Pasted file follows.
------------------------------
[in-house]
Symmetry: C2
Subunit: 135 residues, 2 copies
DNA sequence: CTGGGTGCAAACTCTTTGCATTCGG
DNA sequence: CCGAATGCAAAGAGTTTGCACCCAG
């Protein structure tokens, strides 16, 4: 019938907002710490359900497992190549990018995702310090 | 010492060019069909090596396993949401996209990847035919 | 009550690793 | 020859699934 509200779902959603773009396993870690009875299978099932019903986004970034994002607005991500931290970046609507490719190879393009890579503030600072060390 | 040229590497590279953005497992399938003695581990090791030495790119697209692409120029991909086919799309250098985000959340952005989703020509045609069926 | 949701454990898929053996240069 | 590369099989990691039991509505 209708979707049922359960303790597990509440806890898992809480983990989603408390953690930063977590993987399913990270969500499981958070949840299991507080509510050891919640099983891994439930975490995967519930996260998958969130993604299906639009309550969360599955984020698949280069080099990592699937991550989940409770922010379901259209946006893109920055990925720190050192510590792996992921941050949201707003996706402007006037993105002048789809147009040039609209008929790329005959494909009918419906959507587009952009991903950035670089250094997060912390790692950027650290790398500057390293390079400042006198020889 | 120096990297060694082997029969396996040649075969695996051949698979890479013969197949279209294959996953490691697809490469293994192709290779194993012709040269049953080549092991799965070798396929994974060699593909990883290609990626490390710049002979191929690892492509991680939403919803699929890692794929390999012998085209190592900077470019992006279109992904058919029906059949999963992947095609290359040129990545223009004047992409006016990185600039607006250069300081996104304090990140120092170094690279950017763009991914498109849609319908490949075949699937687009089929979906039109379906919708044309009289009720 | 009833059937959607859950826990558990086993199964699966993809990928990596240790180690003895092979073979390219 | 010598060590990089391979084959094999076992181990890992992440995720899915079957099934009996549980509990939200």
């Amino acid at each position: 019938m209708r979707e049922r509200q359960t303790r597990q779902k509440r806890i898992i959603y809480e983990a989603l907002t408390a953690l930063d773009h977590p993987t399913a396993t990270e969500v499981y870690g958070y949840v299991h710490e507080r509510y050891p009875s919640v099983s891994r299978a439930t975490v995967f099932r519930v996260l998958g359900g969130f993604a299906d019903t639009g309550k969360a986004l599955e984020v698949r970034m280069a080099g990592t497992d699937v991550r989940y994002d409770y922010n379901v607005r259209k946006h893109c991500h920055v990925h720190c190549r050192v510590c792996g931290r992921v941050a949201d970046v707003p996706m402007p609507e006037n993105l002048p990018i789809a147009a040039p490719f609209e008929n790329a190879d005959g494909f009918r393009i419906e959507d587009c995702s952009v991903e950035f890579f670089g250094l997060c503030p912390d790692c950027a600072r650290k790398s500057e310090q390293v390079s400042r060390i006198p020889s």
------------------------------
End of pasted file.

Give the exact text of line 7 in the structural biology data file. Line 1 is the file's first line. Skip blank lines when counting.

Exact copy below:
């Amino acid at each position: 019938m209708r979707e049922r509200q359960t303790r597990q779902k509440r806890i898992i959603y809480e983990a989603l907002t408390a953690l930063d773009h977590p993987t399913a396993t990270e969500v499981y870690g958070y949840v299991h710490e507080r509510y050891p009875s919640v099983s891994r299978a439930t975490v995967f099932r519930v996260l998958g359900g969130f993604a299906d019903t639009g309550k969360a986004l599955e984020v698949r970034m280069a080099g990592t497992d699937v991550r989940y994002d409770y922010n379901v607005r259209k946006h893109c991500h920055v990925h720190c190549r050192v510590c792996g931290r992921v941050a949201d970046v707003p996706m402007p609507e006037n993105l002048p990018i789809a147009a040039p490719f609209e008929n790329a190879d005959g494909f009918r393009i419906e959507d587009c995702s952009v991903e950035f890579f670089g250094l997060c503030p912390d790692c950027a600072r650290k790398s500057e310090q390293v390079s400042r060390i006198p020889s």